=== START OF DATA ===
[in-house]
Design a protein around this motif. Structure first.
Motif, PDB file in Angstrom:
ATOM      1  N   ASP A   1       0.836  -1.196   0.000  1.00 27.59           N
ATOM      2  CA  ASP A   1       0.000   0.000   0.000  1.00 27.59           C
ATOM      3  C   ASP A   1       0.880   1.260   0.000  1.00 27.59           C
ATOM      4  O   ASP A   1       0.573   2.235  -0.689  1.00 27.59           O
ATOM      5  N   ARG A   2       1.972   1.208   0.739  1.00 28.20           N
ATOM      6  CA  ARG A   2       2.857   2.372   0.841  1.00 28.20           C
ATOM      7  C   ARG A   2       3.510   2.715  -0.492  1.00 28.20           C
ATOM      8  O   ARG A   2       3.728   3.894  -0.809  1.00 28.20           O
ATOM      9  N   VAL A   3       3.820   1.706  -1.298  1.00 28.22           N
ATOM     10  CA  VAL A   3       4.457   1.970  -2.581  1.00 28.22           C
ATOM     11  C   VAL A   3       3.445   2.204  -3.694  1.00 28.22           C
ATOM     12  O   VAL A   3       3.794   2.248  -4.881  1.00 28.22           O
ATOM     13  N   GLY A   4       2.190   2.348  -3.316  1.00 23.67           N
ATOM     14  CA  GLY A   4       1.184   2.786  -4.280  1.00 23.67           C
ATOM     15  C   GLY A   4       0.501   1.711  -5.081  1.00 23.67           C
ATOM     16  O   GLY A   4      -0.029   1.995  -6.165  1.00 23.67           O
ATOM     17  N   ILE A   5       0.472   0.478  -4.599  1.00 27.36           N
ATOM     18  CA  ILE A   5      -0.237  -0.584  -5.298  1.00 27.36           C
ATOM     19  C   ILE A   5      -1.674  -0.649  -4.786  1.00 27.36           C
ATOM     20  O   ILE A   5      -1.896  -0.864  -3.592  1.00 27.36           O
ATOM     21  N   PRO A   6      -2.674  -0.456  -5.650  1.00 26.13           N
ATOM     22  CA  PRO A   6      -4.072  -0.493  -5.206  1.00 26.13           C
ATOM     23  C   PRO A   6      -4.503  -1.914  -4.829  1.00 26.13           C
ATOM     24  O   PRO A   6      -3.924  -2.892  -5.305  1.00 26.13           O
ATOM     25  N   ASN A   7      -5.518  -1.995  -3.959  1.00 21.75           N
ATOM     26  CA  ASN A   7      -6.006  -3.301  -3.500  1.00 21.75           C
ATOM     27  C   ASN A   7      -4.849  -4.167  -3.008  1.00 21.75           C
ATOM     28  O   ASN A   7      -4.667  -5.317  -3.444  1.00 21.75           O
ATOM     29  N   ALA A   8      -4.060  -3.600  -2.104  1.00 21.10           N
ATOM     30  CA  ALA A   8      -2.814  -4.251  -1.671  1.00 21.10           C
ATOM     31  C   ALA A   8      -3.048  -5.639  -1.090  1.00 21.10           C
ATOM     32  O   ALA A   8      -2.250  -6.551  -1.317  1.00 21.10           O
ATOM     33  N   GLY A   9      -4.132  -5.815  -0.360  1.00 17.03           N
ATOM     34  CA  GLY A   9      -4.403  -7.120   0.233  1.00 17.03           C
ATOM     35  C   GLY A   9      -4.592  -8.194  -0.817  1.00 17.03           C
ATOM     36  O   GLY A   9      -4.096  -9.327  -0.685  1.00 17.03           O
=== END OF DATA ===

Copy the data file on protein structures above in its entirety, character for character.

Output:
[in-house]
Design a protein around this motif. Structure first.
Motif, PDB file in Angstrom:
ATOM      1  N   ASP A   1       0.836  -1.196   0.000  1.00 27.59           N
ATOM      2  CA  ASP A   1       0.000   0.000   0.000  1.00 27.59           C
ATOM      3  C   ASP A   1       0.880   1.260   0.000  1.00 27.59           C
ATOM      4  O   ASP A   1       0.573   2.235  -0.689  1.00 27.59           O
ATOM      5  N   ARG A   2       1.972   1.208   0.739  1.00 28.20           N
ATOM      6  CA  ARG A   2       2.857   2.372   0.841  1.00 28.20           C
ATOM      7  C   ARG A   2       3.510   2.715  -0.492  1.00 28.20           C
ATOM      8  O   ARG A   2       3.728   3.894  -0.809  1.00 28.20           O
ATOM      9  N   VAL A   3       3.820   1.706  -1.298  1.00 28.22           N
ATOM     10  CA  VAL A   3       4.457   1.970  -2.581  1.00 28.22           C
ATOM     11  C   VAL A   3       3.445   2.204  -3.694  1.00 28.22           C
ATOM     12  O   VAL A   3       3.794   2.248  -4.881  1.00 28.22           O
ATOM     13  N   GLY A   4       2.190   2.348  -3.316  1.00 23.67           N
ATOM     14  CA  GLY A   4       1.184   2.786  -4.280  1.00 23.67           C
ATOM     15  C   GLY A   4       0.501   1.711  -5.081  1.00 23.67           C
ATOM     16  O   GLY A   4      -0.029   1.995  -6.165  1.00 23.67           O
ATOM     17  N   ILE A   5       0.472   0.478  -4.599  1.00 27.36           N
ATOM     18  CA  ILE A   5      -0.237  -0.584  -5.298  1.00 27.36           C
ATOM     19  C   ILE A   5      -1.674  -0.649  -4.786  1.00 27.36           C
ATOM     20  O   ILE A   5      -1.896  -0.864  -3.592  1.00 27.36           O
ATOM     21  N   PRO A   6      -2.674  -0.456  -5.650  1.00 26.13           N
ATOM     22  CA  PRO A   6      -4.072  -0.493  -5.206  1.00 26.13           C
ATOM     23  C   PRO A   6      -4.503  -1.914  -4.829  1.00 26.13           C
ATOM     24  O   PRO A   6      -3.924  -2.892  -5.305  1.00 26.13           O
ATOM     25  N   ASN A   7      -5.518  -1.995  -3.959  1.00 21.75           N
ATOM     26  CA  ASN A   7      -6.006  -3.301  -3.500  1.00 21.75           C
ATOM     27  C   ASN A   7      -4.849  -4.167  -3.008  1.00 21.75           C
ATOM     28  O   ASN A   7      -4.667  -5.317  -3.444  1.00 21.75           O
ATOM     29  N   ALA A   8      -4.060  -3.600  -2.104  1.00 21.10           N
ATOM     30  CA  ALA A   8      -2.814  -4.251  -1.671  1.00 21.10           C
ATOM     31  C   ALA A   8      -3.048  -5.639  -1.090  1.00 21.10           C
ATOM     32  O   ALA A   8      -2.250  -6.551  -1.317  1.00 21.10           O
ATOM     33  N   GLY A   9      -4.132  -5.815  -0.360  1.00 17.03           N
ATOM     34  CA  GLY A   9      -4.403  -7.120   0.233  1.00 17.03           C
ATOM     35  C   GLY A   9      -4.592  -8.194  -0.817  1.00 17.03           C
ATOM     36  O   GLY A   9      -4.096  -9.327  -0.685  1.00 17.03           O